As part of #EdBookNZ, I’ve been asked by @vanschaijik (Sonya van Schaijik) to do a guest blog on data-driven pedagogy. As an English teacher, at first, I thought she was joking. However, after a decent period of contemplation, I started to realise just how effective pedagogy-in-play can be when it is data-driven. In reality, I believe we often use data-driven pedagogy more often than not and certainly more often than maybe we realise.
In thinking of my practice, I do in reality use data a lot of data to guide the learning in my Year 11 English class, both of the qualitative and quantitative variety. Increasingly, the data I find most beneficial is student-provided, often just-in-time or just-past-time. Increasingly the use of options such as Google Forms and Padlet enables me to get immediate feedback and feedforward from my students when it matters most...now! Furthermore, my students feel that their data, responses put forward are more highly valued when they are recorded as artefacts for future and often further reference. Data now can be created in-class and where need be, change the pedagogy-in-play in the moment to student and teacher benefit. The use of immediate data in this context can also allow for legitimate bonafide and evidenced-based allowances for student agency, collaboration and self-regulation.
In my opinion, today’s best data for classroom purposes is of the formative over the summative kind. Often the production of appropriate summative data involves too much time-lag and often only becomes into existence way beyond the time of need. I know by looking at attendance and student usage of Google Docs etc. immediately how engaged my students truly are and on what. The in-time data also allows me to ensure that where possible, student preference is catered for and resourcing can be directed to where it is most needed.
In 2016, we have potential access to more learning data than ever before, thus raising the possibility of “paralysis by analysis”. I prefer to think along the lines of Nike and “just do it.” Teachers can have a tendency to check, check and then recheck data before using it as a stimulus for action. The obvious danger here is that teachers end up doing the right thing for the right students but at the wrong time. The need for evidenced-based action alongside the need for prompt action does raise a significant potential conflict not only between the head and the heart but also between administrators and teachers. A balance point needs to be found between action that quickly responds to students’ learning needs while simultaneously of sound evidential backing. It is essential teachers have the empowerment and confidence to take risks, but they, however, must be risks qualified to some extent by valid data.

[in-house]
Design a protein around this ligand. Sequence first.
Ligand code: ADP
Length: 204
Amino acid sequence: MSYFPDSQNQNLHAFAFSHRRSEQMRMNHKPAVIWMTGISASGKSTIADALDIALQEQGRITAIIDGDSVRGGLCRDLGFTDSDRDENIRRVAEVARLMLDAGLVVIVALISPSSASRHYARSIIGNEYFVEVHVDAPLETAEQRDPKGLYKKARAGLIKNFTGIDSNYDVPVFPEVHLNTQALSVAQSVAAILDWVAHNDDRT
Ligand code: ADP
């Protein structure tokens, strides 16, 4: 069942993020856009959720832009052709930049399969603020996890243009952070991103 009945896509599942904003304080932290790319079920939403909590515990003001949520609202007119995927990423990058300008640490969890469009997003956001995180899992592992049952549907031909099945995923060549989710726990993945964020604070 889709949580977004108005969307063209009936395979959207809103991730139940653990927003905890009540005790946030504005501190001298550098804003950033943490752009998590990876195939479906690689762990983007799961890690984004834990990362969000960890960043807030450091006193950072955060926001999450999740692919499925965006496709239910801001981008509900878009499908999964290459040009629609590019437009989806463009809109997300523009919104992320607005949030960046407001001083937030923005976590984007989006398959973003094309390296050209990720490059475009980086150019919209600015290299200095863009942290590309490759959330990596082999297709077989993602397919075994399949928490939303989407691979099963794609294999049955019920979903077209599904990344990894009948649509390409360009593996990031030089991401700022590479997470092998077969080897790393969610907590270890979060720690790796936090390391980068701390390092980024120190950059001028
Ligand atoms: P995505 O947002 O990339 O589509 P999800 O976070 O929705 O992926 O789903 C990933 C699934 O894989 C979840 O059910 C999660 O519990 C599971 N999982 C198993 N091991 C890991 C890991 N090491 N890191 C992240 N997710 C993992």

As Haberman (2001) notes, data-driven pedagogy also enables teachers to be acutely aware of what they can influence regarding teaching and learning and what is beyond their control. Every teacher knows that what happens to students for the two-thirds of the day they are not in school has a huge impact on what is achievable in school time. This data is not about pre-establishing a set of excuses for any aspect of poor or lower academic achievement. What it does mean is that to be forewarned is to be forearmed. If teachers are fully aware of what students are entering the classroom with, they can be highly responsive in terms of individualised learning and academic pathways. It also enables teachers to as much as possible match the student learning with the student life outside of school. Ladson-Billings (1995) concurs adding that sound and sustainable culturally responsive pedagogy is only really possible when we have clear, legitimate and triangulated data for each and every student.
Although the edtech transformation of schools has enabled teachers and students to obtain crystal-clear and timely data, the reality is that this information was always accessible in less-tech days. For many years, the best data I have ever received to inform my pedagogy-in-play has come from asking my students three questions:
What should we keep doing in this class?
What should we stop doing?
What should we start doing?
Today I use anonymous Google Forms to obtain this most desired data from the ones that really count in the classroom; my students. Often I do not necessarily like what the data is telling me, but it is however what I need to know. In my experience, the more students are encouraged to provide data about their learning, the more honest and engaged they become. This is even more so when they not only see that they are being heard but that changes in their learning space reflect their expressed educational needs.
Fundamentally it is now non-negotiable for teachers to be effective interpreters and applicators of educational data for pedagogical purposes. Without such an existence, teachers run the risk of misusing time, resources and student faith. We do not necessarily need to even generate the data ourselves anymore. It is now, however, a necessary need for us to think, reflect and where applicable, modify the learning via the data for student benefit. If you’re stuck with where to start, ask your students. They’ll give you data on the learning and do so rather directly. Just ask.
Ladson-Billings, Gloria. "Toward a theory of culturally relevant pedagogy."American educational research journal 32.3 (1995): 465-491.
Cuban, Larry, Heather Kirkpatrick, and Craig Peck. "High access and low use of technologies in high school classrooms: Explaining an apparent paradox."American educational research journal 38.4 (2001): 813-834.
Haberman, Martin. "The pedagogy of poverty versus good teaching." Phi Delta Kappan 73.4 (1991): 290-294.